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Tried and true plants are All-America Selection winners

The 2012 All-America Selections (AAS) have been announced. AAS is a non-profit organization whose mission is to promote new garden seed varieties with superior garden performance judged in impartial trials.

Each year, judges visit trial gardens across North America. Judges look for improved qualities such as earliness to bloom or harvest, disease or pest tolerance, novel colors or flavors, novel flower forms, total yield, length of flowering or harvest and overall performance.

There are two AAS winning flowers and two vegetables for 2012. All grow best in well-drained soils, and full sun.

‘Black Olive’ is a pepper (Capsicum annuum Black Olive) but won in the flower category. The AAS Judges said this entry was a standout, especially in southern gardens where heat is always a major factor. The dark purple to black fruit, which appear in small clusters along the stems, matures to red as summer progresses. If you can’t find this one, nor start it yourself from seeds, look for the similar ‘Pretty in Purple’ or ‘Black Pearl’. And yes, the fruit of ‘Black Olive’ is edible and fiery hot.

'Black Olive' pepper

‘Summer Jewel Pink’ salvia (Salvia coccinia Summer Jewel Pink) is the other winning AAS flower for this year. Summer Jewel Pink salvia is a dwarf-sized, compact plant that is notable for its prolific production of spikes of delicate pink flowers throughout the growing season. The plants grow to be about 15 to 20 inches tall and about 10 to 15 inches wide. The foliage is an attractive mid-green and is slightly fuzzy. The flowers are rich in nectar, and the hummingbirds love pink just as much as they do red!

Salvia coccinia 'Summer Jewel Pink'

‘Cayennetta’ pepper (Capsicum annuum Cayennetta) is one of the award-winning new vegetables. It is a chili-type pepper, with spicy fruits that reach three to four inches long. The tapered and elongated fruit start green and turn red as they mature. It grows upright and branched, requiring no staking which makes it perfect for a container or patio planter. A unique character of this variety is that it has good cold tolerance. This is important for gardeners planting as early as possible in spring and a good characteristic for late-summer plantings for fall production. Also notable is the dense foliage cover that protects the fruits from sun scorch. And it handled extreme heat very well.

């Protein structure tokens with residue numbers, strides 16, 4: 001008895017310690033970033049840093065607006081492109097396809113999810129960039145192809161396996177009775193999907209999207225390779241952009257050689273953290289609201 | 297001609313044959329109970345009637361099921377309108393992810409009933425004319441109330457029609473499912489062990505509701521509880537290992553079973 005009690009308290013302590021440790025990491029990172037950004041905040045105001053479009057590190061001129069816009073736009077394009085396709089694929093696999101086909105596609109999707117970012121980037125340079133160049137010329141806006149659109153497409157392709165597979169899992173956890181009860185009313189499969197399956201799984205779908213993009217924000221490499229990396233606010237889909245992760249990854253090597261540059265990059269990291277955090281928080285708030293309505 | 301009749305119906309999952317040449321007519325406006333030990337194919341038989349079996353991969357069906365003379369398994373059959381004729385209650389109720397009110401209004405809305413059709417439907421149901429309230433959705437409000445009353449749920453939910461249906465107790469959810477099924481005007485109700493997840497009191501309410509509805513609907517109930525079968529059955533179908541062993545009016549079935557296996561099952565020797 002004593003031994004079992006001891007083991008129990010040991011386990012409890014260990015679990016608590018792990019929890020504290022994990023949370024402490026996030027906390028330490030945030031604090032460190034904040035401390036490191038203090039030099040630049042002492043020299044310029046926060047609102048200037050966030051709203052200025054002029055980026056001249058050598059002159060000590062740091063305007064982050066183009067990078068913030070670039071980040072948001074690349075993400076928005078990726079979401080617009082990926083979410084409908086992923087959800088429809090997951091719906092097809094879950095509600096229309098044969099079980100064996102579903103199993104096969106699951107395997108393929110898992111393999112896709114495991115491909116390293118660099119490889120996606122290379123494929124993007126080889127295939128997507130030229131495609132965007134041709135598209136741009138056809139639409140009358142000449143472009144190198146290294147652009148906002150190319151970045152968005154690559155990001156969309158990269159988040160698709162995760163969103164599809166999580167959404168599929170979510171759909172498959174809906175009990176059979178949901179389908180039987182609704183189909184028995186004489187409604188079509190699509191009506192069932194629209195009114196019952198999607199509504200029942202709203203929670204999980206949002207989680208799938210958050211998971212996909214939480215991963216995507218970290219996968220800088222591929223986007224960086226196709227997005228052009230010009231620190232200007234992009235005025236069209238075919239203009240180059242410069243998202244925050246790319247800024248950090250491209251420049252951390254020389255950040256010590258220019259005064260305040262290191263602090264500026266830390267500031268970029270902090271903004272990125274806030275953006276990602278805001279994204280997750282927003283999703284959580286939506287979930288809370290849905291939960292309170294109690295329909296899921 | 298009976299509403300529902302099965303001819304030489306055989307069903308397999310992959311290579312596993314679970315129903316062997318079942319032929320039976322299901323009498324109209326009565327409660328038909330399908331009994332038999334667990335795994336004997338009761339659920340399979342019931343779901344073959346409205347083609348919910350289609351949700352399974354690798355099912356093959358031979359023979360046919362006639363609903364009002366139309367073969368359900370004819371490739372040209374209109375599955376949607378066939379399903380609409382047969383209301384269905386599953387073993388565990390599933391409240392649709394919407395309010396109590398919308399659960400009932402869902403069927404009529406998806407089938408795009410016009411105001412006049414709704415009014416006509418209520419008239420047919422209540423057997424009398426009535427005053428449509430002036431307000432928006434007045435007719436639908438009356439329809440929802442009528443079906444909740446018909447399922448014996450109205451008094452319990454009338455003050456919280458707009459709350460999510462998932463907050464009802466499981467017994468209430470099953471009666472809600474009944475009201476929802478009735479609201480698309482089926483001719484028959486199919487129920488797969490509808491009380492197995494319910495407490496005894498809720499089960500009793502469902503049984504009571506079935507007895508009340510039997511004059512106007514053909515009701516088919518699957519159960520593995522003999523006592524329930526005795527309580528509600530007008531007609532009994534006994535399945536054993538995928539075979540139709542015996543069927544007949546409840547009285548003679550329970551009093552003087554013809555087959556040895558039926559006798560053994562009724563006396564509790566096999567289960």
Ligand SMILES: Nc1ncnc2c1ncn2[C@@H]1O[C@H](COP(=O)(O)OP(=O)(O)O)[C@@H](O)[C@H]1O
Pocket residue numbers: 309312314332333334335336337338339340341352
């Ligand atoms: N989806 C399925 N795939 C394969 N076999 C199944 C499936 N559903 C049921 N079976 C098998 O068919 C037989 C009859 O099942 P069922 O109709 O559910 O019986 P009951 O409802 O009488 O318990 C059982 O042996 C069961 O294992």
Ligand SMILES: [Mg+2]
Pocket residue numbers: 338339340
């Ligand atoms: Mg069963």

Capsicum annuum 'Cayennetta'

‘Faerie’ is the other winning vegetable for 2012. ‘Faerie’ is a non-traditional watermelon in that it has a creamy yellow rind with thin stripes yet still yields sweet pink-red flesh. The fruit averages between four and six pounds and has a high sugar content and crisp texture. Vines are vigorous yet only reach about ten feet in spread, making them good for smaller spaces. Another bonus to this selection is its tolerance to insects and diseases.

To learn about more recent winners and to see past winners, visit the All-America Selections website (www.all-americaselections.org). They even provide a spreadsheet of seed sources for the winning plants.

Permanent link to this article: http://santarosa.ifas.ufl.edu/blog/2012/01/10/tried-and-true-plants-are-all-america-selection-winners/